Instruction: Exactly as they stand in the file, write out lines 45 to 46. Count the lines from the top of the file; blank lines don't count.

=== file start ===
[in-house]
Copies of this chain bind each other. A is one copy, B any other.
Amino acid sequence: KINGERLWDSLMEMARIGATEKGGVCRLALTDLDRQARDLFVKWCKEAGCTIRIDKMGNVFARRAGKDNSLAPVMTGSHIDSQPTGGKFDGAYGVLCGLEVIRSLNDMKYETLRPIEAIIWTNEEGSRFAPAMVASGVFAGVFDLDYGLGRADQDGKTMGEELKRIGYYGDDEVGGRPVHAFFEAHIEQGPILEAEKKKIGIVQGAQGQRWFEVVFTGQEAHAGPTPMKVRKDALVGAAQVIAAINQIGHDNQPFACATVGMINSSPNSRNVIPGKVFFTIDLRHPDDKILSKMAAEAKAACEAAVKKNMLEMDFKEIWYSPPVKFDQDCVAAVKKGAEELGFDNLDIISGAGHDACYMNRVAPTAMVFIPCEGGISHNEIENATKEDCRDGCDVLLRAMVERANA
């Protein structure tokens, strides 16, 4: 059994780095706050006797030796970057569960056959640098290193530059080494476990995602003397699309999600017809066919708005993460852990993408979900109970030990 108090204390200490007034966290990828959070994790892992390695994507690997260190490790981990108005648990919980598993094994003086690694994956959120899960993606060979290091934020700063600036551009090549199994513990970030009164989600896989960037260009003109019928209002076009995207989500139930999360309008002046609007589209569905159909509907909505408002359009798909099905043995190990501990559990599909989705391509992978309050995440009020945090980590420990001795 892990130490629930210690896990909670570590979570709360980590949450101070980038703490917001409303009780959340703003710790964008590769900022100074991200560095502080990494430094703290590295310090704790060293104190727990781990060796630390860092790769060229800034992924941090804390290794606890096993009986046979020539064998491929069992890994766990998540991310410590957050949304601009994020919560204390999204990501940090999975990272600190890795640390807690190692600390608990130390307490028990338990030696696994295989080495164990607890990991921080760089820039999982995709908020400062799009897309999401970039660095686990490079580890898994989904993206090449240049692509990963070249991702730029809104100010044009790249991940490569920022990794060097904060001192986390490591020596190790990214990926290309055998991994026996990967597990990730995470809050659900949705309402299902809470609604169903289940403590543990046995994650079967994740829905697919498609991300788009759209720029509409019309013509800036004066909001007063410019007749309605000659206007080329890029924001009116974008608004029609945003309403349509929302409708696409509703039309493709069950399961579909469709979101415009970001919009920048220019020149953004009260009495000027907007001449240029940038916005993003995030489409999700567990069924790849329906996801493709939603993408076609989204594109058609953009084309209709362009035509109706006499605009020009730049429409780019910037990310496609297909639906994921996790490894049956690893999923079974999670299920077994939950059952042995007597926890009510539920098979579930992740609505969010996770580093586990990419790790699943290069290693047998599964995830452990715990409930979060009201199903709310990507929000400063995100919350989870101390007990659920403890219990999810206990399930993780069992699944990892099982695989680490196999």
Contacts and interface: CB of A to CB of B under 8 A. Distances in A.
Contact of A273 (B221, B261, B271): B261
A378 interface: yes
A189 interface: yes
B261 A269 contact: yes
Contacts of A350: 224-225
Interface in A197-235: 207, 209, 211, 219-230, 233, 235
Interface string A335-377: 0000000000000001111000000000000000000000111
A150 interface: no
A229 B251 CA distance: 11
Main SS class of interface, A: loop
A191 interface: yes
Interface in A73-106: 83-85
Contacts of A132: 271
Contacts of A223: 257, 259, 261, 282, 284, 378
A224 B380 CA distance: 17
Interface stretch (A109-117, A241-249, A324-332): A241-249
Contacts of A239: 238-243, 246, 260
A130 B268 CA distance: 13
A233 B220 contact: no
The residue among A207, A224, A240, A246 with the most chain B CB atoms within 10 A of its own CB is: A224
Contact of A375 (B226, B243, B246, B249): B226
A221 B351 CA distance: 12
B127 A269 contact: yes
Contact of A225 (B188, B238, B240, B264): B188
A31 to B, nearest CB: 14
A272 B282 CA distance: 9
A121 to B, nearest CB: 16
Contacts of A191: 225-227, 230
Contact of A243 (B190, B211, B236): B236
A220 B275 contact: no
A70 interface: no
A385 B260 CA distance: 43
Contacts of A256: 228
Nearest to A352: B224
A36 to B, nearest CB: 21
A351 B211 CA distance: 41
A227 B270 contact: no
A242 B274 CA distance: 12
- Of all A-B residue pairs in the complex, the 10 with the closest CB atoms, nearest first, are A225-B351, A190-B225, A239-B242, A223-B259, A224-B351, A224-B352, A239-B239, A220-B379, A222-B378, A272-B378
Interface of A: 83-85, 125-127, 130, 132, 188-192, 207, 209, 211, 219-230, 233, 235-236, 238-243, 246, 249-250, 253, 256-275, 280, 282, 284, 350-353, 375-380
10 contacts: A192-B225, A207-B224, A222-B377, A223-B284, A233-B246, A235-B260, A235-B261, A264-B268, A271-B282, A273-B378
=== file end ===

Interface of A: 83-85, 125-127, 130, 132, 188-192, 207, 209, 211, 219-230, 233, 235-236, 238-243, 246, 249-250, 253, 256-275, 280, 282, 284, 350-353, 375-380
10 contacts: A192-B225, A207-B224, A222-B377, A223-B284, A233-B246, A235-B260, A235-B261, A264-B268, A271-B282, A273-B378